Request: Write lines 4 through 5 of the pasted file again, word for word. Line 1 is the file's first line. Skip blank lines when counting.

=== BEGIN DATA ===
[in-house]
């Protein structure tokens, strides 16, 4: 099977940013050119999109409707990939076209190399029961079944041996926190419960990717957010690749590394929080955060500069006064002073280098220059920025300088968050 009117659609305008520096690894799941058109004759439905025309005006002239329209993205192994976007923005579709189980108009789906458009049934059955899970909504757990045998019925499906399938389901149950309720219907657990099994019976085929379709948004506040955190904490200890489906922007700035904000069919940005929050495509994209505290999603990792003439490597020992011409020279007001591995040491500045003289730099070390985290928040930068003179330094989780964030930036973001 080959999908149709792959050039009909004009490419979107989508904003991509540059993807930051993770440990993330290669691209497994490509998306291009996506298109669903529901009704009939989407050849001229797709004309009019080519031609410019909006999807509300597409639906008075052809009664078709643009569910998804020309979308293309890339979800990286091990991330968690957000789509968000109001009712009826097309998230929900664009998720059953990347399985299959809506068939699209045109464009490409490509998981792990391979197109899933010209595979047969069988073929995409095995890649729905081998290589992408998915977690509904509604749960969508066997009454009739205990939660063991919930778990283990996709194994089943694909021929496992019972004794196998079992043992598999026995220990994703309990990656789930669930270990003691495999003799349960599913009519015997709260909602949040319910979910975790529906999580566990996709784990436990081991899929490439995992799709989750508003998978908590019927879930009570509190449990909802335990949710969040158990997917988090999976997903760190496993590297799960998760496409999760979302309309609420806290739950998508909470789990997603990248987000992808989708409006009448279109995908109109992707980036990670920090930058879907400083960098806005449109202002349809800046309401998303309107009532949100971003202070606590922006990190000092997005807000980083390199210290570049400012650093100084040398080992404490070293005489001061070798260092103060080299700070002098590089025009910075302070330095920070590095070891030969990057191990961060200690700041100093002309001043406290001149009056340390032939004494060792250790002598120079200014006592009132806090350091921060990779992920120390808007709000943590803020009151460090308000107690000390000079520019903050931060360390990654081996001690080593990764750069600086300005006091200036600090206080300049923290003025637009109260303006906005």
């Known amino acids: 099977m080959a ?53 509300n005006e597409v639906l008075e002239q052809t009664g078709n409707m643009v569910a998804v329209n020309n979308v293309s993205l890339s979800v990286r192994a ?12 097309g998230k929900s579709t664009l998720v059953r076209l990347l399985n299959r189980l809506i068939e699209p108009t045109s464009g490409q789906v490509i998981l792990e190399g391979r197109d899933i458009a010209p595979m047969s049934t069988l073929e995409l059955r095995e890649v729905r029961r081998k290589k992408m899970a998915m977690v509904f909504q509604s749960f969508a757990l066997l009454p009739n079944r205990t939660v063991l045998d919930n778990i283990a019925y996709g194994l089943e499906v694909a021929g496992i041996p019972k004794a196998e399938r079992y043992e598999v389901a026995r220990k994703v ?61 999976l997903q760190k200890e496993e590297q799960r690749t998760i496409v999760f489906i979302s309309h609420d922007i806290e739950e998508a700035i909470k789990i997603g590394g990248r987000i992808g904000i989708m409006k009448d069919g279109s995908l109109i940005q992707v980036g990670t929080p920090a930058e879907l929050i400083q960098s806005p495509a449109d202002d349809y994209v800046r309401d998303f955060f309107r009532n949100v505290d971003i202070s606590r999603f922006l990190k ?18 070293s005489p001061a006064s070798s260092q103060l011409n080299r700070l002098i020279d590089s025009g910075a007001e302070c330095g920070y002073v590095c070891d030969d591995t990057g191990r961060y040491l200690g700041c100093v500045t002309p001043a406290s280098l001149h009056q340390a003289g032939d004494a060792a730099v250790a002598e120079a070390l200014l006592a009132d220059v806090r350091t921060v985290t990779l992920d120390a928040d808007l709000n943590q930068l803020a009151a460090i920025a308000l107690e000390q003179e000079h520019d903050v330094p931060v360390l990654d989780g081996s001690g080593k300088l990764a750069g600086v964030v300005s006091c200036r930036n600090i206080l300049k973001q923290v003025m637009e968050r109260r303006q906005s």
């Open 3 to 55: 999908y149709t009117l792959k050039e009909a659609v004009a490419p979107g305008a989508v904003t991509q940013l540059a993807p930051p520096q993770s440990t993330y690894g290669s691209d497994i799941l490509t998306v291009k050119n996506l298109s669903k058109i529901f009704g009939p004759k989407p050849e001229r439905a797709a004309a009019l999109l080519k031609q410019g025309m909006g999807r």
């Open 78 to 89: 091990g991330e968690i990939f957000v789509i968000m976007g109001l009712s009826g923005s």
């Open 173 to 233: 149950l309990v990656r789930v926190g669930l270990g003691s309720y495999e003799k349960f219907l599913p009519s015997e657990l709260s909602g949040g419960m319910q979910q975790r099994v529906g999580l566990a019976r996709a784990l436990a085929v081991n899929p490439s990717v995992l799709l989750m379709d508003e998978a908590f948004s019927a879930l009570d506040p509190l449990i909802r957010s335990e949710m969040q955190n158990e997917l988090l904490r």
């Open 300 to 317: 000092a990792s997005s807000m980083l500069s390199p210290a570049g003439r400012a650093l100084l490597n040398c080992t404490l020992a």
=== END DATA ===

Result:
């Open 3 to 55: 999908y149709t009117l792959k050039e009909a659609v004009a490419p979107g305008a989508v904003t991509q940013l540059a993807p930051p520096q993770s440990t993330y690894g290669s691209d497994i799941l490509t998306v291009k050119n996506l298109s669903k058109i529901f009704g009939p004759k989407p050849e001229r439905a797709a004309a009019l999109l080519k031609q410019g025309m909006g999807r």
């Open 78 to 89: 091990g991330e968690i990939f957000v789509i968000m976007g109001l009712s009826g923005s």